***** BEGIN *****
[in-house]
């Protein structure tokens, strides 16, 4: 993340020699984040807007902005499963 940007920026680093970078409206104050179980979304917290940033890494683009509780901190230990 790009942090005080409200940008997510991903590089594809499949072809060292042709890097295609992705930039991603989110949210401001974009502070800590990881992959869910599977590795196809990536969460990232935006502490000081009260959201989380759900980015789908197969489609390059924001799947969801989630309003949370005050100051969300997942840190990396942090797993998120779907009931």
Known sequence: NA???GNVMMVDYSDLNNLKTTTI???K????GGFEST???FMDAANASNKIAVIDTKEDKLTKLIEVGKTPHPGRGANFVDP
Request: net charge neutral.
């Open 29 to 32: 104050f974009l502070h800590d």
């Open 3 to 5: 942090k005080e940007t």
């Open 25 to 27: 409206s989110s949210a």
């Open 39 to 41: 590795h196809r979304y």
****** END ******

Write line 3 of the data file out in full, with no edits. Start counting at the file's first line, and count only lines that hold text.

Known sequence: NA???GNVMMVDYSDLNNLKTTTI???K????GGFEST???FMDAANASNKIAVIDTKEDKLTKLIEVGKTPHPGRGANFVDP